As has been my trend over the last few ALA conferences, most of my work was done in the Law and Political Science Section of ACRL. I am the incoming chair of the section (as of July 1) so there was lots to do. On Friday I attended the ACRL Leadership Council meeting where we get updates on what is happening at ACRL and provide input on various initiatives. This time we were asked to comment on what ACRL should be doing to continue/revise/refresh their strategic plan, the ACRL Plan for Excellence. It is entering it’s fifth year and now is the time to look at it and see what needs to be modified for the next five years. It was an interesting discussion.

Then on Saturday we had our LPSS Executive Committee meeting followed by our general membership meeting. Then in the afternoon we had our program that we put on jointly with the Anthropology and Sociology Section and the ASCLA Library Services to the Incarcerated and Detained interest group. It was a great panel – Libraries Behind Bars: Education and Outreach to Prisoners.

I followed up that panel with a trip to the exhibits which were, for the first time in my memory, split across two exhibit halls in adjoining buildings. I visited some furniture vendors including Agati who had the coolest new individual study pods ever (we want some to try out in ZSR), Swank who has a new academic package of films and a new model for access to them (feature films, not documentaries), our microfilm machine vendor to hear what’s new with the new models and software, and some of the usual suspects of publishers.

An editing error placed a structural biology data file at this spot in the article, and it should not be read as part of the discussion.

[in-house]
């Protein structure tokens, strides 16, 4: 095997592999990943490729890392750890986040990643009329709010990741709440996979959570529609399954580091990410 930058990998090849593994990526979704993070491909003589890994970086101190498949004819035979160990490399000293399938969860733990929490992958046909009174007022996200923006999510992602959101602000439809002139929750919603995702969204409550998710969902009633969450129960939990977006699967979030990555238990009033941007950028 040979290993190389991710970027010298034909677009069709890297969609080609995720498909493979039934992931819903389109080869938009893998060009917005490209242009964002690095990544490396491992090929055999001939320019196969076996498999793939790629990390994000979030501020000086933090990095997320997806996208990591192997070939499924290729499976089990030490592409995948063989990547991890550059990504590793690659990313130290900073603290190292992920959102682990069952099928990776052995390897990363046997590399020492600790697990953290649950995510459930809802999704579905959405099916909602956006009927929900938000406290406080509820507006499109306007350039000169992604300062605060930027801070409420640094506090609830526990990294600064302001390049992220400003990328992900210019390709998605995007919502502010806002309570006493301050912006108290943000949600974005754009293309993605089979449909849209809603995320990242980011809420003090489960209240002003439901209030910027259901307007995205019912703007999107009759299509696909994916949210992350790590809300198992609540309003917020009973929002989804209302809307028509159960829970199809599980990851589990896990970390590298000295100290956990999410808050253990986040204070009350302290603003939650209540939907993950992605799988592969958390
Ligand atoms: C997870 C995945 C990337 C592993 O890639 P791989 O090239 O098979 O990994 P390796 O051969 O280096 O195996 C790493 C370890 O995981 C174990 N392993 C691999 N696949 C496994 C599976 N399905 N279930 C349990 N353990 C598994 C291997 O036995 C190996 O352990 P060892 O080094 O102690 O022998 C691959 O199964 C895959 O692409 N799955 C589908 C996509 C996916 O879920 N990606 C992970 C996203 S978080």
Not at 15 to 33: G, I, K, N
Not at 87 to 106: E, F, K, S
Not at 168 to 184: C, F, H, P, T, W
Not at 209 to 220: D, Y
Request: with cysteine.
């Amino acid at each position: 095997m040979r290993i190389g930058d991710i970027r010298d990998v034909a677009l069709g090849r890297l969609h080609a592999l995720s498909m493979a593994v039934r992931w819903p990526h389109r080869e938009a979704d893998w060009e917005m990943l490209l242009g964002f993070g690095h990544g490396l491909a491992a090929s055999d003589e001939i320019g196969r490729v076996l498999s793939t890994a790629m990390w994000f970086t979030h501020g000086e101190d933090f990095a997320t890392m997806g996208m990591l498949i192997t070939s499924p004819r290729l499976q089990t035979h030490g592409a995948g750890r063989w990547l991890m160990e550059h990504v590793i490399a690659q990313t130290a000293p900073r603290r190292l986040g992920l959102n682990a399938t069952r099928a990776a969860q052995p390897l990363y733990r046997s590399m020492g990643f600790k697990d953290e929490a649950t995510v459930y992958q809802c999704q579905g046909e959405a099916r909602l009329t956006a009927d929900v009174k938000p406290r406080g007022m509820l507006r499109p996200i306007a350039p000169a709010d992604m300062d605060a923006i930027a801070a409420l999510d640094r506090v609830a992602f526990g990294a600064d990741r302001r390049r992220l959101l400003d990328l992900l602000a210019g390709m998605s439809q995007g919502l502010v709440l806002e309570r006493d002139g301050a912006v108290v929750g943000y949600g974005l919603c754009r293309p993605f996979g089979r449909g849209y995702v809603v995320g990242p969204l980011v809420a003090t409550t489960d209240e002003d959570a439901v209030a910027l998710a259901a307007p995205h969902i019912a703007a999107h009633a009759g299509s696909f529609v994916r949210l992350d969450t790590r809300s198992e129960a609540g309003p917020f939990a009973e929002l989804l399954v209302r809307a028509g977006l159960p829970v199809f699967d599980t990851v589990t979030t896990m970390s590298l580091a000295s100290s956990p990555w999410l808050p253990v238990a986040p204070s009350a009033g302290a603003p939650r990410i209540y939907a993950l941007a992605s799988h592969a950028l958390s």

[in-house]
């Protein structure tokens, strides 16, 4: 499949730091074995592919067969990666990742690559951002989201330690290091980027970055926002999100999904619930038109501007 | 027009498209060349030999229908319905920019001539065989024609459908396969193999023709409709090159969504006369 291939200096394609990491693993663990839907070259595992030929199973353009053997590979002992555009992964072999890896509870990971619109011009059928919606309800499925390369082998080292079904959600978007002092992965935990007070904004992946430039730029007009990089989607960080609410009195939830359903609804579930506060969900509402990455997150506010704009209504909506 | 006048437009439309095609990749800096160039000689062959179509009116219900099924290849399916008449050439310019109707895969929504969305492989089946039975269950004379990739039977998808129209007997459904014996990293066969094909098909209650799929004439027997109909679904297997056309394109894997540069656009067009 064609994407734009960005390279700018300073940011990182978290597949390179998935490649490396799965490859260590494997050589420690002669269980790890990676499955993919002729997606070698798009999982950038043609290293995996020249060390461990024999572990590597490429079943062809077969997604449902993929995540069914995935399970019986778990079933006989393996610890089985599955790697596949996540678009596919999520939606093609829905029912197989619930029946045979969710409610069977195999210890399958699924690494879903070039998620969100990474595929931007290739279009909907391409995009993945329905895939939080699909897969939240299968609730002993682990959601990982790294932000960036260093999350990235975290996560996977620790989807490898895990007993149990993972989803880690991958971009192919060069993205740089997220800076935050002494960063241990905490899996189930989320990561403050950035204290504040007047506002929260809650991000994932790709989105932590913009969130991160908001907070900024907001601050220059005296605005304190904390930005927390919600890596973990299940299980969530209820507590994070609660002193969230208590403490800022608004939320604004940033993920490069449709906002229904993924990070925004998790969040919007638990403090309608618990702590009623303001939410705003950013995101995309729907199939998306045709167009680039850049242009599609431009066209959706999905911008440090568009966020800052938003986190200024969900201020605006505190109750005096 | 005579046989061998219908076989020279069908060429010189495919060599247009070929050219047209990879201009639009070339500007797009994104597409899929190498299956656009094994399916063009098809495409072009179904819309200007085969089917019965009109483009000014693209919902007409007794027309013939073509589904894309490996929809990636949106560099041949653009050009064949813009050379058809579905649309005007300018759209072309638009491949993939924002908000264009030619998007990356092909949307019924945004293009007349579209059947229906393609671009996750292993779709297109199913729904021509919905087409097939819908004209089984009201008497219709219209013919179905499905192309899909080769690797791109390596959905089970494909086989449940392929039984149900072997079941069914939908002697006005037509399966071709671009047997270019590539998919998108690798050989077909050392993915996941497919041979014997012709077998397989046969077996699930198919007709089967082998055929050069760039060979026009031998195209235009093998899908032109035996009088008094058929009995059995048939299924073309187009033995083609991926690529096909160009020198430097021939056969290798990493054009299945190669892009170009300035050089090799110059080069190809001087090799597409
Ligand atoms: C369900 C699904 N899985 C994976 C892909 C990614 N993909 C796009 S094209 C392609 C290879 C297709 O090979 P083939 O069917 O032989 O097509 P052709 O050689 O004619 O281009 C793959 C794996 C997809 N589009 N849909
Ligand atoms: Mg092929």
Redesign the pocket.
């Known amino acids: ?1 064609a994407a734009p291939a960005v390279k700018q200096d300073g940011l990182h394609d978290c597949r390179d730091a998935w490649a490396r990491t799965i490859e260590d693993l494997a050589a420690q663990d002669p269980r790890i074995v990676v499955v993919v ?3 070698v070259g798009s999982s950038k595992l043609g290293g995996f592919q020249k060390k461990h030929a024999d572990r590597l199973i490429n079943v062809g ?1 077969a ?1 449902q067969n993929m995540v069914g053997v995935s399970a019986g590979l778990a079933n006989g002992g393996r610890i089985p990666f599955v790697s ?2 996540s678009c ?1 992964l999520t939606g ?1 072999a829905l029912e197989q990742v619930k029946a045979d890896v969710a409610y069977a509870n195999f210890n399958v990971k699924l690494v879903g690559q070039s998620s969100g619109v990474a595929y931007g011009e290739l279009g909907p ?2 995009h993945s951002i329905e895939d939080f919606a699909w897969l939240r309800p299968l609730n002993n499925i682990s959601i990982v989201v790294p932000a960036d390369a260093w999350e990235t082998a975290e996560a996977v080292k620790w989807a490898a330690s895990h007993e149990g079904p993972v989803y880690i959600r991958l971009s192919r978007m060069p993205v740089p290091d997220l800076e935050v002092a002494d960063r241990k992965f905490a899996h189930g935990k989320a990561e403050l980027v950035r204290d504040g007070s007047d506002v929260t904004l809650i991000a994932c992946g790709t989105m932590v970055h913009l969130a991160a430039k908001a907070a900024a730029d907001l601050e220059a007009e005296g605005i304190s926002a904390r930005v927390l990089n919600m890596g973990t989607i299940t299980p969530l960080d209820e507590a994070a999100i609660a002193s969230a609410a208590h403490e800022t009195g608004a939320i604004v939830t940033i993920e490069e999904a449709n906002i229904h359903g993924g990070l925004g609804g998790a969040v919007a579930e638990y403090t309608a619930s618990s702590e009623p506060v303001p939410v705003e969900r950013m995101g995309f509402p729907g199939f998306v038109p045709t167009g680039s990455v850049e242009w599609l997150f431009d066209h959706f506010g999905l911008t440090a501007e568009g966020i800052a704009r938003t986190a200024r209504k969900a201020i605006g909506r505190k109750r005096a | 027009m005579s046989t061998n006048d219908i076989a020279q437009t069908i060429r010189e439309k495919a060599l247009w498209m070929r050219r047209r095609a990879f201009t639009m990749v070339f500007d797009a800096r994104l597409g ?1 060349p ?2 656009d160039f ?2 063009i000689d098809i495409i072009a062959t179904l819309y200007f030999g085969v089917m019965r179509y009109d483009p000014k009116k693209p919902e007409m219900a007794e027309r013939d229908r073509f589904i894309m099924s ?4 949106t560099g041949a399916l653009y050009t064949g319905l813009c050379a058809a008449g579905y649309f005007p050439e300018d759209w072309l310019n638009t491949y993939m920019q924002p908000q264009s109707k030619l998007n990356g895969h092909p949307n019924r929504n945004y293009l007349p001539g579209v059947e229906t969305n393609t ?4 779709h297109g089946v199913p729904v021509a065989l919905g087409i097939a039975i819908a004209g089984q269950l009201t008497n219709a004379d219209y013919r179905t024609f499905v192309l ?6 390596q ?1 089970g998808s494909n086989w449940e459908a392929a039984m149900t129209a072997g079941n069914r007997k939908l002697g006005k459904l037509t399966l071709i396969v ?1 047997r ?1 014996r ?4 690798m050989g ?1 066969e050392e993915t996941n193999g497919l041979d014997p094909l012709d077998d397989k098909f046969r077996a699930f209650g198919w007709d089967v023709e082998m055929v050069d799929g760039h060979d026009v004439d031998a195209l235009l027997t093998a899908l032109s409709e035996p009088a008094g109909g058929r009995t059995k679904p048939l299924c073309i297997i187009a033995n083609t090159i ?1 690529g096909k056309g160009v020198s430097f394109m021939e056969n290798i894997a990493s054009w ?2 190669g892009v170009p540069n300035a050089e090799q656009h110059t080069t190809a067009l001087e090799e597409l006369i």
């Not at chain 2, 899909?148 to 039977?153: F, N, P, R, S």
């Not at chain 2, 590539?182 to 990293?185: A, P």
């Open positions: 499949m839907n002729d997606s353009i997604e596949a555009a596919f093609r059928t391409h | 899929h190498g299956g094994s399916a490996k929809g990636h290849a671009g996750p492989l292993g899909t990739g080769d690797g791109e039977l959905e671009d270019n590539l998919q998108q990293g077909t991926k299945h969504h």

Sunday morning was the Alexander Street Press breakfast and the guest speaker was Cynthia Sandberg who owns Love Apple Farms and is the farmer from The Farmer and The Chef documentary. She spoke about Biodynamic farming – a system of farming that is more rigorous than organic and takes into account the entire ecosystem. It was not a term I was familiar with but resonates with much of what one of my heroes, Joel Saladin, does at Polyface Farm in Virginia.

I wrapped up my ALA by going to a Proquest focus group about SIPX – a company that ProQuest recently bought. ProQuest is trying to figure out how they might integrate the services SIPX offers into their discovery services. SIPX is in some ways a course pack builder program that faculty can use to build reading lists, etc. It has some potential and Mary Beth (who came to the focus group with me) and I will keep our eyes on it for how ProQuest incorporates it in the future.

It was, quite frankly, a bit hard to concentrate in San Francisco with the SCOTUS decision and the Pride Parade all happening while we were there – but all in all it was good conference in a beautiful city!! I suspect we will be thinking back fondly on the SF weather next June when we are stuck in Orlando’s heat and humidity.